Sleep Apnea
.  What is It?
.  .  Two Types
.  .  Obstructive
.  .  Central
.  .  Snoring
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.  Treatable
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Next PagePrevious Page What is Sleep Apnea?

Sleep apnea is a disease. In simple terms, it is a repeated decrease of airflow into the lungs during sleep. In uncomplicated sleep apnea, the lungs are normal.

The airflow decreases are episodic. That is, airflow into the lungs is normal except for periods where it drops below a critical level. The drops last at least 10 seconds.

An adult with mild sleep apnea has 5 or more drops in airflow per hour of sleep. In the most severe cases, 100 or more such drops may occur per hour of sleep. Children are a different story.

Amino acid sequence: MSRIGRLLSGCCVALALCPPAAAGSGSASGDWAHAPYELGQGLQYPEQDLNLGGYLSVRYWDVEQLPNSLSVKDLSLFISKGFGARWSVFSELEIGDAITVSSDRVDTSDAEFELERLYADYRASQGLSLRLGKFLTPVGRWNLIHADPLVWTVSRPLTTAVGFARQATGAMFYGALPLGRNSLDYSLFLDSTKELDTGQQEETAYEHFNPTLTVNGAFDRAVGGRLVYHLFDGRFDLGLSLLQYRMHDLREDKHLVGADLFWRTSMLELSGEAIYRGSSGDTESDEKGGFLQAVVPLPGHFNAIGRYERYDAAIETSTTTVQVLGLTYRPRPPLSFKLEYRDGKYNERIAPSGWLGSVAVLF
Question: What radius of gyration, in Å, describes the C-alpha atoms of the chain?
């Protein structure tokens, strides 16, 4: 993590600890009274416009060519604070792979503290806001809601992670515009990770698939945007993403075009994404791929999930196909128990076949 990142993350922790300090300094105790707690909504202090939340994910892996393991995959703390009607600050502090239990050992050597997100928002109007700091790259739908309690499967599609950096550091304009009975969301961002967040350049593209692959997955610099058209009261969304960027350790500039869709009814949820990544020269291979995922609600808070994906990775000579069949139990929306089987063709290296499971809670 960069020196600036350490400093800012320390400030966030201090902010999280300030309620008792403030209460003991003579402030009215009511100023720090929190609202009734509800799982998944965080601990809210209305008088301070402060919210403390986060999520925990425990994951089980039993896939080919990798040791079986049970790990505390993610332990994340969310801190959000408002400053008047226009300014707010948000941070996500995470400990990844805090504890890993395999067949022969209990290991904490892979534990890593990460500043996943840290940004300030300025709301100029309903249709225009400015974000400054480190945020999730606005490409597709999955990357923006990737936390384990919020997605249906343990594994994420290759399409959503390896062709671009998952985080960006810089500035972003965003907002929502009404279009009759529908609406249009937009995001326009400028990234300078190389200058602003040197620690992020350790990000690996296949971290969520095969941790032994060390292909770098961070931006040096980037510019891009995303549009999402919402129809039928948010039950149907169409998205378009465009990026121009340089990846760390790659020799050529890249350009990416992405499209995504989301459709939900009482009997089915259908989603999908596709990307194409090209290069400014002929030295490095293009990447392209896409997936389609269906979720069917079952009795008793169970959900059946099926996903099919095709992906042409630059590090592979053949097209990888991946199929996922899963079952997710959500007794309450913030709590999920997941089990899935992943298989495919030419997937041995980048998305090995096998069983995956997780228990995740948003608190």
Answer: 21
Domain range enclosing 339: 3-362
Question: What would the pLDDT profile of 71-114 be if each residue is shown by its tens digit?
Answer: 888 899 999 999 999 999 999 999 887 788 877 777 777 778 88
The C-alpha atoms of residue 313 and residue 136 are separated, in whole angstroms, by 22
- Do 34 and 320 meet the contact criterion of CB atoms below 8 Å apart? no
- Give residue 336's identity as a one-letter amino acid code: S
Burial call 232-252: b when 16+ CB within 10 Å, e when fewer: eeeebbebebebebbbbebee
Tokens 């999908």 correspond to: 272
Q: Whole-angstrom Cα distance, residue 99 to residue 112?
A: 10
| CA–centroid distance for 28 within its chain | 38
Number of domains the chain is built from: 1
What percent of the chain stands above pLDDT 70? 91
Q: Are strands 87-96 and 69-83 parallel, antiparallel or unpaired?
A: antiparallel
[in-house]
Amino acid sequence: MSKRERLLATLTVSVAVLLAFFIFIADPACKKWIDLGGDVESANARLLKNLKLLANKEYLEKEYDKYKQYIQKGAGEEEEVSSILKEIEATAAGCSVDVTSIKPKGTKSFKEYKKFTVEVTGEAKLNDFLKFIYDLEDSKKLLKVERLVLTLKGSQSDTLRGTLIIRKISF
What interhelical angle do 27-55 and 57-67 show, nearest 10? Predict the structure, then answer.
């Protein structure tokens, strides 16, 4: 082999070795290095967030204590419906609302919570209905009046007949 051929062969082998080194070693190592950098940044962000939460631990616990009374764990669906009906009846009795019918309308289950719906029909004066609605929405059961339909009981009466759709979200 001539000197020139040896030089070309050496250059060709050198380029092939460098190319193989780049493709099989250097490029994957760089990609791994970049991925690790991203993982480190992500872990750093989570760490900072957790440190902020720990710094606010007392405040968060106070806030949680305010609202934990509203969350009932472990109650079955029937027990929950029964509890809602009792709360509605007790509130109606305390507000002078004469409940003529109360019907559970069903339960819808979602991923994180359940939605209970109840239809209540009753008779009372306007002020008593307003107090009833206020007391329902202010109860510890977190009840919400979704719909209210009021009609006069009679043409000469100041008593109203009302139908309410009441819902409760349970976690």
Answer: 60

The figures below illustrate airflow patterns during an hour of sleep.

Normal person

Mild sleep apnea
Severe sleep apnea

The middle figure shows 5 significant drops in airflow. In three of the drops, airflow falls to zero. These are apneas. In two other drops, airflow is below the critical level, but not zero. These are hypopneas (hi-pop-knee-uz). The middle figure also shows one non-significant drop in airflow.

Many aspects of the definition of sleep apnea are still debated. We have presented here a simplified introduction.

Next:   The two types of sleep apnea: obstructive and central.

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Last modified 15:26 Pacific on 21 Jun 2004.